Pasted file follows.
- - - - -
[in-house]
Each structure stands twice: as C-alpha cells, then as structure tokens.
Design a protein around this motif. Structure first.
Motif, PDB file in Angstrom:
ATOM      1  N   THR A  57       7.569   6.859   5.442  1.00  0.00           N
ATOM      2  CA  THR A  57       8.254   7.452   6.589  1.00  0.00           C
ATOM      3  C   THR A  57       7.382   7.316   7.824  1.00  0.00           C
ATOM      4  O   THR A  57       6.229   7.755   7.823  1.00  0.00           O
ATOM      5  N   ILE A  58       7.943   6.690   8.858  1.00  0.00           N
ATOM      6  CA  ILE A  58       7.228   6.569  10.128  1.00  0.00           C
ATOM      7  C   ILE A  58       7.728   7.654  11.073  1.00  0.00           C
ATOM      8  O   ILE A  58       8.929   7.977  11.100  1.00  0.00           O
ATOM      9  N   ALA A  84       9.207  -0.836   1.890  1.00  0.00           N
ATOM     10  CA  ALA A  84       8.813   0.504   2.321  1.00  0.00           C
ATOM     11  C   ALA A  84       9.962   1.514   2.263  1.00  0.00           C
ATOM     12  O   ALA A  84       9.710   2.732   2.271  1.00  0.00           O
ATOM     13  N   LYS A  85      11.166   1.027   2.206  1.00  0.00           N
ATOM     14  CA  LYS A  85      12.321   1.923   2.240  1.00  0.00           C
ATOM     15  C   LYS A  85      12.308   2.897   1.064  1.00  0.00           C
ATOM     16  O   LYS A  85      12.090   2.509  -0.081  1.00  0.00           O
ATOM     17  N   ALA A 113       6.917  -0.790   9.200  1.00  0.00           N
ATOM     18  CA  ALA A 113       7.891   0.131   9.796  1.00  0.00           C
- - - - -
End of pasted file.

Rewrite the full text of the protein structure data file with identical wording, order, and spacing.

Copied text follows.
[in-house]
Each structure stands twice: as C-alpha cells, then as structure tokens.
Design a protein around this motif. Structure first.
Motif, PDB file in Angstrom:
ATOM      1  N   THR A  57       7.569   6.859   5.442  1.00  0.00           N
ATOM      2  CA  THR A  57       8.254   7.452   6.589  1.00  0.00           C
ATOM      3  C   THR A  57       7.382   7.316   7.824  1.00  0.00           C
ATOM      4  O   THR A  57       6.229   7.755   7.823  1.00  0.00           O
ATOM      5  N   ILE A  58       7.943   6.690   8.858  1.00  0.00           N
ATOM      6  CA  ILE A  58       7.228   6.569  10.128  1.00  0.00           C
ATOM      7  C   ILE A  58       7.728   7.654  11.073  1.00  0.00           C
ATOM      8  O   ILE A  58       8.929   7.977  11.100  1.00  0.00           O
ATOM      9  N   ALA A  84       9.207  -0.836   1.890  1.00  0.00           N
ATOM     10  CA  ALA A  84       8.813   0.504   2.321  1.00  0.00           C
ATOM     11  C   ALA A  84       9.962   1.514   2.263  1.00  0.00           C
ATOM     12  O   ALA A  84       9.710   2.732   2.271  1.00  0.00           O
ATOM     13  N   LYS A  85      11.166   1.027   2.206  1.00  0.00           N
ATOM     14  CA  LYS A  85      12.321   1.923   2.240  1.00  0.00           C
ATOM     15  C   LYS A  85      12.308   2.897   1.064  1.00  0.00           C
ATOM     16  O   LYS A  85      12.090   2.509  -0.081  1.00  0.00           O
ATOM     17  N   ALA A 113       6.917  -0.790   9.200  1.00  0.00           N
ATOM     18  CA  ALA A 113       7.891   0.131   9.796  1.00  0.00           C